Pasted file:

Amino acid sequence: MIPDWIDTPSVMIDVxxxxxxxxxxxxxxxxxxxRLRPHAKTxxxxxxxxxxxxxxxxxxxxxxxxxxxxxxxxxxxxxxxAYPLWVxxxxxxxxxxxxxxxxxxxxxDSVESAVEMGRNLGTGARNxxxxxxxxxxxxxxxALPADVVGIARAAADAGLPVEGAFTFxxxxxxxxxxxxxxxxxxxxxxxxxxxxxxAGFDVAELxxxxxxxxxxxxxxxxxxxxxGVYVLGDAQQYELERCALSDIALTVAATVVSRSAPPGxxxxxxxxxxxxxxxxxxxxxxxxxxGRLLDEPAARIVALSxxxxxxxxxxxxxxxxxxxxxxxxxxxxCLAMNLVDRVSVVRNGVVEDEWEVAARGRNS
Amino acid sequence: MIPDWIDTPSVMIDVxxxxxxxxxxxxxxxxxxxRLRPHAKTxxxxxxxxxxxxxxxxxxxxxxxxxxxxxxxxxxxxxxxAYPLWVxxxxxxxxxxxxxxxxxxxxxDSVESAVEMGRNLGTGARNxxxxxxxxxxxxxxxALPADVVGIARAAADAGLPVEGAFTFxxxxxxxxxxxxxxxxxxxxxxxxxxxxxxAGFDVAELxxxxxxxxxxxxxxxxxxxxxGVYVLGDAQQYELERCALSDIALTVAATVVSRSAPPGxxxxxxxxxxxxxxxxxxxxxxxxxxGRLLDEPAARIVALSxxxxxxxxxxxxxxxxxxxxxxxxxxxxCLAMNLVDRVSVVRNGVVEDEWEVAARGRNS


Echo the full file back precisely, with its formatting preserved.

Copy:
Amino acid sequence: MIPDWIDTPSVMIDVxxxxxxxxxxxxxxxxxxxRLRPHAKTxxxxxxxxxxxxxxxxxxxxxxxxxxxxxxxxxxxxxxxAYPLWVxxxxxxxxxxxxxxxxxxxxxDSVESAVEMGRNLGTGARNxxxxxxxxxxxxxxxALPADVVGIARAAADAGLPVEGAFTFxxxxxxxxxxxxxxxxxxxxxxxxxxxxxxAGFDVAELxxxxxxxxxxxxxxxxxxxxxGVYVLGDAQQYELERCALSDIALTVAATVVSRSAPPGxxxxxxxxxxxxxxxxxxxxxxxxxxGRLLDEPAARIVALSxxxxxxxxxxxxxxxxxxxxxxxxxxxxCLAMNLVDRVSVVRNGVVEDEWEVAARGRNS
Amino acid sequence: MIPDWIDTPSVMIDVxxxxxxxxxxxxxxxxxxxRLRPHAKTxxxxxxxxxxxxxxxxxxxxxxxxxxxxxxxxxxxxxxxAYPLWVxxxxxxxxxxxxxxxxxxxxxDSVESAVEMGRNLGTGARNxxxxxxxxxxxxxxxALPADVVGIARAAADAGLPVEGAFTFxxxxxxxxxxxxxxxxxxxxxxxxxxxxxxAGFDVAELxxxxxxxxxxxxxxxxxxxxxGVYVLGDAQQYELERCALSDIALTVAATVVSRSAPPGxxxxxxxxxxxxxxxxxxxxxxxxxxGRLLDEPAARIVALSxxxxxxxxxxxxxxxxxxxxxxxxxxxxCLAMNLVDRVSVVRNGVVEDEWEVAARGRNS